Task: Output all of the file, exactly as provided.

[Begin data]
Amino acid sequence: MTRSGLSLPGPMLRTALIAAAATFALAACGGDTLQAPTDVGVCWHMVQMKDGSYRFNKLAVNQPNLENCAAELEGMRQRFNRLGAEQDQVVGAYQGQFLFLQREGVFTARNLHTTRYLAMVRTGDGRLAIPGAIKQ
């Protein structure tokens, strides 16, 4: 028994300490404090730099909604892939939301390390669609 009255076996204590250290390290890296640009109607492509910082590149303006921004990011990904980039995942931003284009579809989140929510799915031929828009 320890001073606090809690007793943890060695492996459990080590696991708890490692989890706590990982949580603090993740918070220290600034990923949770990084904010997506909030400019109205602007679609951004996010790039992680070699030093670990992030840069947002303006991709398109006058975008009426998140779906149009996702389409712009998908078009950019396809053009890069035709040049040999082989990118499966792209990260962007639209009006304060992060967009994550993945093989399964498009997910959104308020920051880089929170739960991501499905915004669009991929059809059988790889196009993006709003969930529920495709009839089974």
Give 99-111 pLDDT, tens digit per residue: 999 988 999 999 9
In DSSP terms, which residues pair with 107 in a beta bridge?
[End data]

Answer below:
Amino acid sequence: MTRSGLSLPGPMLRTALIAAAATFALAACGGDTLQAPTDVGVCWHMVQMKDGSYRFNKLAVNQPNLENCAAELEGMRQRFNRLGAEQDQVVGAYQGQFLFLQREGVFTARNLHTTRYLAMVRTGDGRLAIPGAIKQ
């Protein structure tokens, strides 16, 4: 028994300490404090730099909604892939939301390390669609 009255076996204590250290390290890296640009109607492509910082590149303006921004990011990904980039995942931003284009579809989140929510799915031929828009 320890001073606090809690007793943890060695492996459990080590696991708890490692989890706590990982949580603090993740918070220290600034990923949770990084904010997506909030400019109205602007679609951004996010790039992680070699030093670990992030840069947002303006991709398109006058975008009426998140779906149009996702389409712009998908078009950019396809053009890069035709040049040999082989990118499966792209990260962007639209009006304060992060967009994550993945093989399964498009997910959104308020920051880089929170739960991501499905915004669009991929059809059988790889196009993006709003969930529920495709009839089974």
Give 99-111 pLDDT, tens digit per residue: 999 988 999 999 9
In DSSP terms, which residues pair with 107 in a beta bridge?